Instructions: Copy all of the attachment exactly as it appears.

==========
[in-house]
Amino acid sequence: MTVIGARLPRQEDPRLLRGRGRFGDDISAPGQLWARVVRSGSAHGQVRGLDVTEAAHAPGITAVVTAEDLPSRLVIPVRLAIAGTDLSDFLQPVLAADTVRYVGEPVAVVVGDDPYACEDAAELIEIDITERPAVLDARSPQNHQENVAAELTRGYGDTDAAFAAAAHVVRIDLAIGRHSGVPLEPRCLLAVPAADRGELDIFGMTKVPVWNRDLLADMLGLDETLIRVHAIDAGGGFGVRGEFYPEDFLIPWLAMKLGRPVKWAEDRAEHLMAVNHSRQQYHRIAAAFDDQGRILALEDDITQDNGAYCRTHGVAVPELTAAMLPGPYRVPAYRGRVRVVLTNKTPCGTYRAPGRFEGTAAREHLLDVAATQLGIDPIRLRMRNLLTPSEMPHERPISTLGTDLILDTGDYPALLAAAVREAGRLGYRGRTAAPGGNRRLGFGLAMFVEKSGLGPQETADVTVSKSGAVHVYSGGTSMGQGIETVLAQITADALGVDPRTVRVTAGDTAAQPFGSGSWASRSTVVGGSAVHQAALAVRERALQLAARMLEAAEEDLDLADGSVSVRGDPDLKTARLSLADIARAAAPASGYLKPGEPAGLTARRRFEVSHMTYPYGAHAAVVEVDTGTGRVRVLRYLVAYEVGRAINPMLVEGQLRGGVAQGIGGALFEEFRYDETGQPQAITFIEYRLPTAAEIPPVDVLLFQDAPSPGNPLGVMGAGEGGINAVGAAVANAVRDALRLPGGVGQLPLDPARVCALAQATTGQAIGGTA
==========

[in-house]
Amino acid sequence: MTVIGARLPRQEDPRLLRGRGRFGDDISAPGQLWARVVRSGSAHGQVRGLDVTEAAHAPGITAVVTAEDLPSRLVIPVRLAIAGTDLSDFLQPVLAADTVRYVGEPVAVVVGDDPYACEDAAELIEIDITERPAVLDARSPQNHQENVAAELTRGYGDTDAAFAAAAHVVRIDLAIGRHSGVPLEPRCLLAVPAADRGELDIFGMTKVPVWNRDLLADMLGLDETLIRVHAIDAGGGFGVRGEFYPEDFLIPWLAMKLGRPVKWAEDRAEHLMAVNHSRQQYHRIAAAFDDQGRILALEDDITQDNGAYCRTHGVAVPELTAAMLPGPYRVPAYRGRVRVVLTNKTPCGTYRAPGRFEGTAAREHLLDVAATQLGIDPIRLRMRNLLTPSEMPHERPISTLGTDLILDTGDYPALLAAAVREAGRLGYRGRTAAPGGNRRLGFGLAMFVEKSGLGPQETADVTVSKSGAVHVYSGGTSMGQGIETVLAQITADALGVDPRTVRVTAGDTAAQPFGSGSWASRSTVVGGSAVHQAALAVRERALQLAARMLEAAEEDLDLADGSVSVRGDPDLKTARLSLADIARAAAPASGYLKPGEPAGLTARRRFEVSHMTYPYGAHAAVVEVDTGTGRVRVLRYLVAYEVGRAINPMLVEGQLRGGVAQGIGGALFEEFRYDETGQPQAITFIEYRLPTAAEIPPVDVLLFQDAPSPGNPLGVMGAGEGGINAVGAAVANAVRDALRLPGGVGQLPLDPARVCALAQATTGQAIGGTA